Georgia Takes Second Look at Medical Marijuana Bill

New Medical Marijuana Bill Officially Filed in Georgia House

medical marijuanaAfter failing to pass last year, a new version of Georgia’s medical marijuana legislation has been formally submitted to the House Chamber on Monday, January 26th.

According to Representative Allen Peake, there are at least 17 “medical refugees” from Georgia – families who feel they need some form of medical marijuana and have moved to Colorado or California to receive legal treatment.

“This is not politics, this is kids’ lives,” said mother Katie Harrison, whose 2-year-old son, Hawk, suffers from multiple seizures a day. Chronic seizures are one of the conditions – along with chronic pain disorders and appetite-suppressing disorders like fibromyalgia, multiple sclerosis, AIDS, and cancer – that leads many patients to seek medical marijuana prescriptions.

“In first two weeks since she started taking the medicine we saw one seizure every three to four days,” Kristi Baggarly said of her daughter, who also suffers a chronic seizure disorder. “I’m really hopeful that this will be effective for her and we have found the medicine that will be effective in stopping her seizures.”

Baggarly’s family were one of many families who came to Atlanta to watch Peake file the new Georgia medical marijuana bill.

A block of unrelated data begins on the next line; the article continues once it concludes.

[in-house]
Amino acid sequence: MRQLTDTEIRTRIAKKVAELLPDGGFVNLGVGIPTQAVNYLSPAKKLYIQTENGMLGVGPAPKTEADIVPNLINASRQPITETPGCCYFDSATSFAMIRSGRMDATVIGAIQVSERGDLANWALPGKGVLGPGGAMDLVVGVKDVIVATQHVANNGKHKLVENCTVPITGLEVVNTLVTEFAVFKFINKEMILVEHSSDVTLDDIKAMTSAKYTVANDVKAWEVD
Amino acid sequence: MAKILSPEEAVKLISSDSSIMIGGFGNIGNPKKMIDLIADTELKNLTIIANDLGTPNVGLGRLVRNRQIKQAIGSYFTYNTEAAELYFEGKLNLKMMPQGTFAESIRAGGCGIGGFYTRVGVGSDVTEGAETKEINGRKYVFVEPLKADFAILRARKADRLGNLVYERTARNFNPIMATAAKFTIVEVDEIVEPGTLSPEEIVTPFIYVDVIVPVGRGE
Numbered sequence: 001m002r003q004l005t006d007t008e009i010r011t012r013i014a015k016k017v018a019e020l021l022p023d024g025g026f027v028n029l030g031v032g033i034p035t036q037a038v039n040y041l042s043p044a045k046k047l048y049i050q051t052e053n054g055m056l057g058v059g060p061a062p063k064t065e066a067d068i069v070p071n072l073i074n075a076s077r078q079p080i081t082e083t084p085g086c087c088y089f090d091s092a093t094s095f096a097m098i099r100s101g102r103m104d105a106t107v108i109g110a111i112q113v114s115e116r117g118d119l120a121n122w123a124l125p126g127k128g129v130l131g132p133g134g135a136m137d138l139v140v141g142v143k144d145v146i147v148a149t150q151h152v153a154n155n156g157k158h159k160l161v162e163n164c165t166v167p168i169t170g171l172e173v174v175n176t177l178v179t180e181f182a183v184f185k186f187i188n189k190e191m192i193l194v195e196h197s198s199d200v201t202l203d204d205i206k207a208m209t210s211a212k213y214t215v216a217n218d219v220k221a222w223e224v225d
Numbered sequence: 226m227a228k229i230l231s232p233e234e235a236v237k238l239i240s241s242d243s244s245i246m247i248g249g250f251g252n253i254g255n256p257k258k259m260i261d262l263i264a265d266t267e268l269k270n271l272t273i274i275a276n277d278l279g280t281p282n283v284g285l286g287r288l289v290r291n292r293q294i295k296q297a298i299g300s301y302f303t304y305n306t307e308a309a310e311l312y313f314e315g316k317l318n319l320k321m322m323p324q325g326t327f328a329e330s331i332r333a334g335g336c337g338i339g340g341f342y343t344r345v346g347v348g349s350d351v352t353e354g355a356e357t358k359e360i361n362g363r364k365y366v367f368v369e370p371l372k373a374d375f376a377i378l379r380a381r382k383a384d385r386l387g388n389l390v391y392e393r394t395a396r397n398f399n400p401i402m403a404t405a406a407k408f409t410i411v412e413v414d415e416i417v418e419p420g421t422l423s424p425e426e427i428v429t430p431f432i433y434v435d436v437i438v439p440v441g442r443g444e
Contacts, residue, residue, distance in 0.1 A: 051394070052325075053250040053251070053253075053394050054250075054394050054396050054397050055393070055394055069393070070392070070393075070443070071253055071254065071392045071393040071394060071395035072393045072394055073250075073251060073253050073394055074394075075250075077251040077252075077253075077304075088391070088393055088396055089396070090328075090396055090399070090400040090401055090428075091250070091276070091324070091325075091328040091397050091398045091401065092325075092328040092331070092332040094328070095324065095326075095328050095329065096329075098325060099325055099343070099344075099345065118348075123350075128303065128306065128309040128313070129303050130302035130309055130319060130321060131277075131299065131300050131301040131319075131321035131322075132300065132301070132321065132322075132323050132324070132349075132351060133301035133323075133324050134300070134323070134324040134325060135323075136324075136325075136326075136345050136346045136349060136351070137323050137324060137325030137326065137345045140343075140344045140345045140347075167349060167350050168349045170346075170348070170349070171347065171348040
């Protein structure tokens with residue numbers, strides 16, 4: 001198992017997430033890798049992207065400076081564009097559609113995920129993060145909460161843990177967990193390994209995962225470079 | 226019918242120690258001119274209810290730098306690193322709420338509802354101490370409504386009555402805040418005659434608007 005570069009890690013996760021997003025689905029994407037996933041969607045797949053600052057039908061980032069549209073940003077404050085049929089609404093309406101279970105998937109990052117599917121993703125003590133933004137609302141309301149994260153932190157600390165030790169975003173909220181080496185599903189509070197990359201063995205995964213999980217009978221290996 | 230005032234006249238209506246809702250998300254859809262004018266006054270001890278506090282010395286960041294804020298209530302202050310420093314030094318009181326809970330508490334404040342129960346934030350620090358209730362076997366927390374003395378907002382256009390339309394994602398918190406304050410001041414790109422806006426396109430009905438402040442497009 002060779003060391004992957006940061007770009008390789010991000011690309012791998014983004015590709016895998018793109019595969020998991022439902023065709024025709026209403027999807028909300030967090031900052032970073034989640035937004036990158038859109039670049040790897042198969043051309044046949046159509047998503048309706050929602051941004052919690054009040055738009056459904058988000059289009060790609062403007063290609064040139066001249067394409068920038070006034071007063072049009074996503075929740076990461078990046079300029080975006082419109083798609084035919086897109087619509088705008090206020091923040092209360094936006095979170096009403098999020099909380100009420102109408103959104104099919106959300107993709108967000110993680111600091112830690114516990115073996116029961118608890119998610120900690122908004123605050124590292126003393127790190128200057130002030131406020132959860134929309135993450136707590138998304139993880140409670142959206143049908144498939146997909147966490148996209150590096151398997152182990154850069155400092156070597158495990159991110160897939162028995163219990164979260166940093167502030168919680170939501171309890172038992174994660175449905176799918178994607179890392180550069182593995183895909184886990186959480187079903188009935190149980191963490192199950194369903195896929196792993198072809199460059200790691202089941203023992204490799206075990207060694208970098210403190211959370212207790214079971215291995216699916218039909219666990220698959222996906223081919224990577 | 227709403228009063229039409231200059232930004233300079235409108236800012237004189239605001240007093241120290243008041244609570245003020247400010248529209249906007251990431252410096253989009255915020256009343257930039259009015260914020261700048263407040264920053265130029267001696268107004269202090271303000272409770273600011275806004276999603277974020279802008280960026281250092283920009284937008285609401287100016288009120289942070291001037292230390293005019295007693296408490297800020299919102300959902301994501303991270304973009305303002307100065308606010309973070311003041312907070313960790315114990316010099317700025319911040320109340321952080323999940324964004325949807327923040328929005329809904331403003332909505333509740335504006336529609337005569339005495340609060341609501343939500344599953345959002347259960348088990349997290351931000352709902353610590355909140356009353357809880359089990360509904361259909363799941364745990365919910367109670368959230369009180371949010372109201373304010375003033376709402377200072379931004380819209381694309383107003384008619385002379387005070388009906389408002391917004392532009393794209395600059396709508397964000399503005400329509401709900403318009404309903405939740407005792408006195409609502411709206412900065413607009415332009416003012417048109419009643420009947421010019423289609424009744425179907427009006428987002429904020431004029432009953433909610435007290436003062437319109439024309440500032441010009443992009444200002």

“I’m hopeful we’re going to move it quick and have it on the governor’s desk in two weeks,” Peake said.

The bill would grant immunity for families like the Harrisons and the Baggarlys, who seek medical marijuana prescriptions for their children, usually in the form of CBD oil or cannabidiol, which is the compound in marijuana that can, many believe, treat pain and appetite issues without causing a high. THC is the compound in marijuana that recreational users seek.

“To show the lunacy of a federal law that I can be in possession of a legal product in Colorado and I can be in possession of a legal product in Georgia but I’m gonna get arrested because I’m driving through Kansas,” Peake said.

“I find that very discouraging for families that don’t have access and don’t qualify for the trials to have access. We need it grown here in Georgia so they’re not having to take a risk,” Baggarly said.

“Few would disagree that physicians need every good tool in their medical toolbox to provide the best healthcare possible to their patients,” Thompson said in a statement last year. “During the 2015 legislative session, we will have the opportunity to provide our doctors with an additional tool by marijuana legalization for medical use.”

If You Face Criminal Drug Charges for Marijuana Use, The Strom Law Firm Can Help

Although many states have passed medical marijuana legislation, Georgia still has not legalized the use of marijuana for recreational or medical reasons. You could be charged with drug possession in Georgia. If you or a loved one have been found with medical marijuana, you could face criminal charges ranging from misdemeanor to felony, depending on how much marijuana was on your person, and what your intent was with the drug. The drug crimes attorneys at the Strom Law Firm can help. We offer free, confidential consultations to discuss the facts of your case. Contact us today for help. (912) 289-0501